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The login screen from Genesis, the first LPMud
Image via Wikipedia

I began the month intending to write 50,000 words. I got a bit past 5,000 and then got sidetracked by another project. I shouldn't be surprised. This is how it's been in the past.

From the title, you might guess that the distraction was a game, and you'd be right. But I didn't get sidetracked playing a game. Instead, I've been sidetracked creating a game. It's one I've been working on now and again over the last few years, but I'm diving back in using my research day, evenings, and weekends to get enough stuff together that I can show it off at THATCamp Games near the end of January.

I might not be getting the 50,000 words done, but I am doing a lot of creating. At least I'm keeping within the spirit of the month.

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NaNoWriMo, Here I Come!

Green with Red and Clear Pens 12.1
Image by ? Crystal Writer ? via Flickr

Every November, I mean to buckle down and write 50,000 words. Every November, something comes up that keeps me from doing it. Last year, I taught an introductory course to creative writing at Texas A&M University. The year before, I probably got too busy with work. This year, I'm going to make it happen! I don't have any trips planned except for Thanksgiving. I don't have any activities after work or on the weekend that take up a large amount of time. Nothing is standing in my way.

For those who haven't heard of NaNoWriMo, hop over to the website and take a look. I'm raising money to help the nonprofit that runs it build communities in classrooms, coffee shops, libraries, and living rooms all over the world and help the inspiration flow for me and thousands of my fellow novelists. More importantly, your contribution will help The Office of Letters and Light build a more engaged and inspiring world.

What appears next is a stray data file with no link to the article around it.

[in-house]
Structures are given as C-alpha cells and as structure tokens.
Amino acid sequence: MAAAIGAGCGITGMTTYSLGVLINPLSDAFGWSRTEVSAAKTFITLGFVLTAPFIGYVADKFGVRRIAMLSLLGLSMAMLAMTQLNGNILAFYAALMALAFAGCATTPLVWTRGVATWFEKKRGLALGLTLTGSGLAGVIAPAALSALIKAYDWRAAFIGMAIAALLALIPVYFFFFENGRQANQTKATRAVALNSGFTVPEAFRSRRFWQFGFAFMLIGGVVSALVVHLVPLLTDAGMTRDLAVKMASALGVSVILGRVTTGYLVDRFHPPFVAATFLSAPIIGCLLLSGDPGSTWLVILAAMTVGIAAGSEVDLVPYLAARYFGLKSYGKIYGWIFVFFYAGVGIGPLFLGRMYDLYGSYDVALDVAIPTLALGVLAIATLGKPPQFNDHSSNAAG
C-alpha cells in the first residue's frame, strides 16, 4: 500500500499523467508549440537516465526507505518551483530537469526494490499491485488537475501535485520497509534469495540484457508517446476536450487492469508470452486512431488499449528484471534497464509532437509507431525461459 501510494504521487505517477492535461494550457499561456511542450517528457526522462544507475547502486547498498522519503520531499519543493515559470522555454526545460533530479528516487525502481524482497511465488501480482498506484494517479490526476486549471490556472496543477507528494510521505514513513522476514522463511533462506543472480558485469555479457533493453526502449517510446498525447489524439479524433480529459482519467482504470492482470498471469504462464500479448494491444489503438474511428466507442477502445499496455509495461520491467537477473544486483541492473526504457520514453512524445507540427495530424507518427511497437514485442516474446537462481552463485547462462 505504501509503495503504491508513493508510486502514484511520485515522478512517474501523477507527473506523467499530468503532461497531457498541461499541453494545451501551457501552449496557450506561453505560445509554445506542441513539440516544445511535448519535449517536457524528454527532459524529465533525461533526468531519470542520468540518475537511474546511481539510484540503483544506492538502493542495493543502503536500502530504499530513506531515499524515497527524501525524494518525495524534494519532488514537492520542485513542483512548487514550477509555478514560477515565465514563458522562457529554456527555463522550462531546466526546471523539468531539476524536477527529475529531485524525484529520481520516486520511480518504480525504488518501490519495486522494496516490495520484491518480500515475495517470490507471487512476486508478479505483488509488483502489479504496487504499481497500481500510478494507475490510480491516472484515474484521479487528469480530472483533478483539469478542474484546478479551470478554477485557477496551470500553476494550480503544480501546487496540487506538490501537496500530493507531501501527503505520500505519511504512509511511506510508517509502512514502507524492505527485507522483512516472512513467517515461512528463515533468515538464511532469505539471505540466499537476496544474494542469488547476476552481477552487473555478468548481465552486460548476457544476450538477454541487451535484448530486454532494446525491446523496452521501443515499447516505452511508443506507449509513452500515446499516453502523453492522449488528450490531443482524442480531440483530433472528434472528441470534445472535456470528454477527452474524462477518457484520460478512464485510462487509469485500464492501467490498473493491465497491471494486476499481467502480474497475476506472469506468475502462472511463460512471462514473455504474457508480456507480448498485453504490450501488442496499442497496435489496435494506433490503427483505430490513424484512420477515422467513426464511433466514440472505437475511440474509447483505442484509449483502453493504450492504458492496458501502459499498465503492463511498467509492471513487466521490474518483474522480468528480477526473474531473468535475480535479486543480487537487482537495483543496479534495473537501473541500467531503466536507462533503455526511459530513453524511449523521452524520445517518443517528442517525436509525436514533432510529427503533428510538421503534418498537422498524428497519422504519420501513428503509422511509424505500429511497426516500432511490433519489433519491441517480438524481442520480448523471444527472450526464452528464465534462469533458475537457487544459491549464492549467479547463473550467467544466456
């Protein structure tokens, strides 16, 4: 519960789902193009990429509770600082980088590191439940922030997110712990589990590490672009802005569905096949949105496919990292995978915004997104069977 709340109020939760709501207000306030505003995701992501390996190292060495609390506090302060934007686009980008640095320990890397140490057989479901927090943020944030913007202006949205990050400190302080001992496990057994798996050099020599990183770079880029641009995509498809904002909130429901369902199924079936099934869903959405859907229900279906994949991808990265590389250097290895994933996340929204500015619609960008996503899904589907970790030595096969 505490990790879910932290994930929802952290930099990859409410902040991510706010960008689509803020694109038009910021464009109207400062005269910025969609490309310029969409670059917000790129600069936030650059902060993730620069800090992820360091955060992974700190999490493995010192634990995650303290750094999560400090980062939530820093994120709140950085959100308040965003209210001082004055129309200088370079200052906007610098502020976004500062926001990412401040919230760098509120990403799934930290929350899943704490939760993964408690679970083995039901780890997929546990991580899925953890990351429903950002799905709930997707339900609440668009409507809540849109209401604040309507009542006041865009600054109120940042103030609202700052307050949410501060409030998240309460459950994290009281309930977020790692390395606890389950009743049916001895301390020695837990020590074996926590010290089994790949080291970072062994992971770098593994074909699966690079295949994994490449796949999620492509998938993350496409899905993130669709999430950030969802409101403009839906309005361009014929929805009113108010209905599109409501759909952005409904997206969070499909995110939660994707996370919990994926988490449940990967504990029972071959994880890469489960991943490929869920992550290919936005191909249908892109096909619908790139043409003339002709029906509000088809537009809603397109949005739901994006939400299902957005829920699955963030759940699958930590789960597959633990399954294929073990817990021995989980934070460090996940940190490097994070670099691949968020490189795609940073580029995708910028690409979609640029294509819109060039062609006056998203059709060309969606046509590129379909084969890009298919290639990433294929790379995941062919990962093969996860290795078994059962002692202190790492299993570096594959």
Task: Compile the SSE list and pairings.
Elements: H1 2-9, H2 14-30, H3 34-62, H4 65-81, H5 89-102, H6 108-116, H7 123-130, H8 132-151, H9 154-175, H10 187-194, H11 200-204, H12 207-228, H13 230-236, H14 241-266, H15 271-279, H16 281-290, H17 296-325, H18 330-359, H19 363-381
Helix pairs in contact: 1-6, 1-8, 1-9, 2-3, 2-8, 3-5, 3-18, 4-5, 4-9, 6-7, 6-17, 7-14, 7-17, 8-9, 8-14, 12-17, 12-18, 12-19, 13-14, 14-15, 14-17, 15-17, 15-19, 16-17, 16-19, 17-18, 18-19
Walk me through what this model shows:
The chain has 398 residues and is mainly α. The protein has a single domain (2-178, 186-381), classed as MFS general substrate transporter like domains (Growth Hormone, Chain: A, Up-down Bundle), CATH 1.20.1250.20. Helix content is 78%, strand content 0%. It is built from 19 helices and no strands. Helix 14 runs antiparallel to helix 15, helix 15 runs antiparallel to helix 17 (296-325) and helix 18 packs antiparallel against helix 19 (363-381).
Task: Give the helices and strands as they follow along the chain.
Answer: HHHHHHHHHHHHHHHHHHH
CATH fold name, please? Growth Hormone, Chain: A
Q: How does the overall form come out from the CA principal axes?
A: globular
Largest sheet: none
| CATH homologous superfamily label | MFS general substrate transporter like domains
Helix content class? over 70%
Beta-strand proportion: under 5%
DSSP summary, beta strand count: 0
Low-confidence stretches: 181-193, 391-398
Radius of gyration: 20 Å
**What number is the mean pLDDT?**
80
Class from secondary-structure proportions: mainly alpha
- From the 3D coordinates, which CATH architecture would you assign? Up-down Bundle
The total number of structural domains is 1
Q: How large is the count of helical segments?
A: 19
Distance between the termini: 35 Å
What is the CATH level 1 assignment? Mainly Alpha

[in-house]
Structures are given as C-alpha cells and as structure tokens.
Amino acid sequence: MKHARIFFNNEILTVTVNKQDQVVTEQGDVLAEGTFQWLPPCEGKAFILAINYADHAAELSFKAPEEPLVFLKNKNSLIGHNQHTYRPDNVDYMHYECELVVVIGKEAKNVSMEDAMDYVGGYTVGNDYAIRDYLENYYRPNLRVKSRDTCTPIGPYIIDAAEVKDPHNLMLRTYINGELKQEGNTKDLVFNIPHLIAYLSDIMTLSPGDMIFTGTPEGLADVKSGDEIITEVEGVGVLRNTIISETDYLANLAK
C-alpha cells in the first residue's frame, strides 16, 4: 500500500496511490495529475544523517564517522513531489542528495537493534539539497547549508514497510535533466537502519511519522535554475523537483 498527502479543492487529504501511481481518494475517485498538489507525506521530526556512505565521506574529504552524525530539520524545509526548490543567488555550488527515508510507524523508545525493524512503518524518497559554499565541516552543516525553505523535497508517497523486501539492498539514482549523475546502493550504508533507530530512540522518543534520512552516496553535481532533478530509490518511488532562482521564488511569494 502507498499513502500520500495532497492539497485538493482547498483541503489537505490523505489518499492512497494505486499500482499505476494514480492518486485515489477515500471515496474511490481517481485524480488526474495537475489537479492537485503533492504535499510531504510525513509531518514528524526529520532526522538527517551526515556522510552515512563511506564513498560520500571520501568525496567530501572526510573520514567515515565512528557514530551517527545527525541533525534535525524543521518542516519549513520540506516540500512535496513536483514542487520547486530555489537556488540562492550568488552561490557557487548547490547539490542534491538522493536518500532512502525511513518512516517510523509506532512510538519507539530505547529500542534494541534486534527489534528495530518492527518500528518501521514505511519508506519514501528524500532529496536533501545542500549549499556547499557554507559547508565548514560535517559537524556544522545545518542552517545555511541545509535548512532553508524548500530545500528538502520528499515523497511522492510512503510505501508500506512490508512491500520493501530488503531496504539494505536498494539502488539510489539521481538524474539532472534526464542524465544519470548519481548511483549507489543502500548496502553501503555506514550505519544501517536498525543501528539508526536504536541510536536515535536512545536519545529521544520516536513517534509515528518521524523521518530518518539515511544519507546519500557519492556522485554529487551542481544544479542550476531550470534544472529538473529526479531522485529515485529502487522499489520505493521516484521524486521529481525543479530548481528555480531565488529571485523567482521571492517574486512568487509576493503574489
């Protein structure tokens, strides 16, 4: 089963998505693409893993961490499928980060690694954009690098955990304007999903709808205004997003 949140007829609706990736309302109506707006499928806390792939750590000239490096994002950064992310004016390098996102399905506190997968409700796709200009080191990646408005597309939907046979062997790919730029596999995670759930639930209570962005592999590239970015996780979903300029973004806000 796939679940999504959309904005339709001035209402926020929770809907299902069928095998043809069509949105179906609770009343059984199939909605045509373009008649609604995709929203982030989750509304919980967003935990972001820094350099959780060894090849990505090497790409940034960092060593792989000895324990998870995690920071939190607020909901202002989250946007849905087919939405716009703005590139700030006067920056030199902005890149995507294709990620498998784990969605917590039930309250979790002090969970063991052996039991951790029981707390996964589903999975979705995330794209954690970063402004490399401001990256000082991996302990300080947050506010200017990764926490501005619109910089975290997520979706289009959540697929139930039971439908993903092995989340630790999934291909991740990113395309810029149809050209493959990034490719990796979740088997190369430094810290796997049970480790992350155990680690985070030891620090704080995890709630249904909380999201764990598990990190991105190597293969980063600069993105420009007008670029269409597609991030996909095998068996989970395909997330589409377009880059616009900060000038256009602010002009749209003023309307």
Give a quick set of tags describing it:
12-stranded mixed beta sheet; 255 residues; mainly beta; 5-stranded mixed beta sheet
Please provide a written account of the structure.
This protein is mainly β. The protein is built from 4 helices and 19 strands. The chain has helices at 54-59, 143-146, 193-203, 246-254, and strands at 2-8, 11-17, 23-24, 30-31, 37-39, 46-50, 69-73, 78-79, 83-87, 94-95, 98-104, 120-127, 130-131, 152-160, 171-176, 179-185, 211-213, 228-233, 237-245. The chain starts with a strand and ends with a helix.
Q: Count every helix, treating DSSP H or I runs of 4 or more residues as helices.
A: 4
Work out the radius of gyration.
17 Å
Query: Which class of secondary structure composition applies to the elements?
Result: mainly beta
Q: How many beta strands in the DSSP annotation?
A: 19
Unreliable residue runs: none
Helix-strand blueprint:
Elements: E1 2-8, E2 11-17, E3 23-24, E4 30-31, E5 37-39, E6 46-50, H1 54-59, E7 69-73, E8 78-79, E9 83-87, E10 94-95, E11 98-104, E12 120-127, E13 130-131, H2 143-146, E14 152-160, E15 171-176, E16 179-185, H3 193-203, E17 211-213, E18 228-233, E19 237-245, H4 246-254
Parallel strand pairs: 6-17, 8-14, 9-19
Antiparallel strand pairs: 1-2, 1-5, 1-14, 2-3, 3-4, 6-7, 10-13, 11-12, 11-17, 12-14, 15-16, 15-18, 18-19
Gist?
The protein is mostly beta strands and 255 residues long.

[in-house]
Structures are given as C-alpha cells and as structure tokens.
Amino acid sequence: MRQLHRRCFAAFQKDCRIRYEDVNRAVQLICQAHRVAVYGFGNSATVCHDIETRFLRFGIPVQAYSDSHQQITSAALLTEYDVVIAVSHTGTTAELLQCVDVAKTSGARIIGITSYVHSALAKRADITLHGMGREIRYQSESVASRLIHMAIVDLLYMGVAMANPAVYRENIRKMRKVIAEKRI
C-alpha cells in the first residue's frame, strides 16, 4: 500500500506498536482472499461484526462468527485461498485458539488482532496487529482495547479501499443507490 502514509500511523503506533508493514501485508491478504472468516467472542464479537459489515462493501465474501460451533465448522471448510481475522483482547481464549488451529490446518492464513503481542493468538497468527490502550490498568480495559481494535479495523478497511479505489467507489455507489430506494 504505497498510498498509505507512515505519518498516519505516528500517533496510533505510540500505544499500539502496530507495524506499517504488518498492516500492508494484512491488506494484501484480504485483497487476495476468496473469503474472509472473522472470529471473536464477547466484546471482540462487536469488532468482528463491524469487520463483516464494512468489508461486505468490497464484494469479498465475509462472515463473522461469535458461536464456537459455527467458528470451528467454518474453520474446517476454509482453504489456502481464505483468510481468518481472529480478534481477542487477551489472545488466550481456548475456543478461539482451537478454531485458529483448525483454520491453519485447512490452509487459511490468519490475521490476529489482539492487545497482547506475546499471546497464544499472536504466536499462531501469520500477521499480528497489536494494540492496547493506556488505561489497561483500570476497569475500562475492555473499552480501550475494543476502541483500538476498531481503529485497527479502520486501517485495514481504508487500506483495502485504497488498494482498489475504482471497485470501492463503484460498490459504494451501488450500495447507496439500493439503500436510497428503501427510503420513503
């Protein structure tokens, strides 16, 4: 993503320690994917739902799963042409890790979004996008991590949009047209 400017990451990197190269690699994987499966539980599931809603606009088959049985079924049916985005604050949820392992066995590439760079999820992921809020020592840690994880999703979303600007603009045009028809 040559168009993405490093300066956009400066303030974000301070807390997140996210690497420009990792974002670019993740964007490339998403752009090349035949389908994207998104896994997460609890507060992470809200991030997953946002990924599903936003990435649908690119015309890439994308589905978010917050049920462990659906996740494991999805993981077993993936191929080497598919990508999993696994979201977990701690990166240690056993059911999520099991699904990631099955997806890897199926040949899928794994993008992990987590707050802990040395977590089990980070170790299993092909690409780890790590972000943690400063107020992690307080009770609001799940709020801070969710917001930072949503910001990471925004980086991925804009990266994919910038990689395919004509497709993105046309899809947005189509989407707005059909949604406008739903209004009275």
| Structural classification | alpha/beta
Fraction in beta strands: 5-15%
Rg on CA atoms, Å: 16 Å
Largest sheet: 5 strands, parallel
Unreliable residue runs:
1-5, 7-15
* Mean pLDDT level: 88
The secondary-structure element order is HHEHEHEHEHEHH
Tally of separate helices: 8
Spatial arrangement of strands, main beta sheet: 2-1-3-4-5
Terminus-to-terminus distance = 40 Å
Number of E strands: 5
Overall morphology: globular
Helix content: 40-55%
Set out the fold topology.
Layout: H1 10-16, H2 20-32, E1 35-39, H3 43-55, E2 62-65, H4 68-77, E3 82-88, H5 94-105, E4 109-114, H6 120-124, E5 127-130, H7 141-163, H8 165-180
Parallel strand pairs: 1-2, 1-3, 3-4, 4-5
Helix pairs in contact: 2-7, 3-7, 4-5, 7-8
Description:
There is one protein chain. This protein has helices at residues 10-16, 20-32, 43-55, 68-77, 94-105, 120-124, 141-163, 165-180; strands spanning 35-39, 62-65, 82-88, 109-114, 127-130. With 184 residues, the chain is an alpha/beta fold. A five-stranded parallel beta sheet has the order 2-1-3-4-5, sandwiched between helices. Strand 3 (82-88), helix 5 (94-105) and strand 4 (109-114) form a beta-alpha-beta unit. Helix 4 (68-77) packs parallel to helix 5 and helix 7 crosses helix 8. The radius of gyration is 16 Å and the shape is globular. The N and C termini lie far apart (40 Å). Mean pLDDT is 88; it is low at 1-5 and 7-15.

For the rest of this post, I want to explore why NaNoWriMo works and touch a bit on what it could mean for digital humanities. Today is my research day, after all, so I need to tie this in with my work somehow.

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Narrative Statistics: Revisiting Sentence Length Statistics and What to Do Next

Last week, we explored the Poisson distribution as a possible distribution of sentence lengths. If you look at the figure for Hunter Crackdown, the Poisson seems reasonable, but it breaks down when looking at other works. In this post, I'd like to go back and try to derive a distribution that has the same qualitative features as the distributions we saw for each of the works. Then, I want to discuss a bit what we might want to do next.

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Narrative Statistics: Figuring Out a Distribution of Words in Sentences

Thursdays are my research days. I have a couple things cooking away that I'm not quite ready to write about yet, but I want to take a little time today to explore something that I plan on doing a lot more once my cooking is done.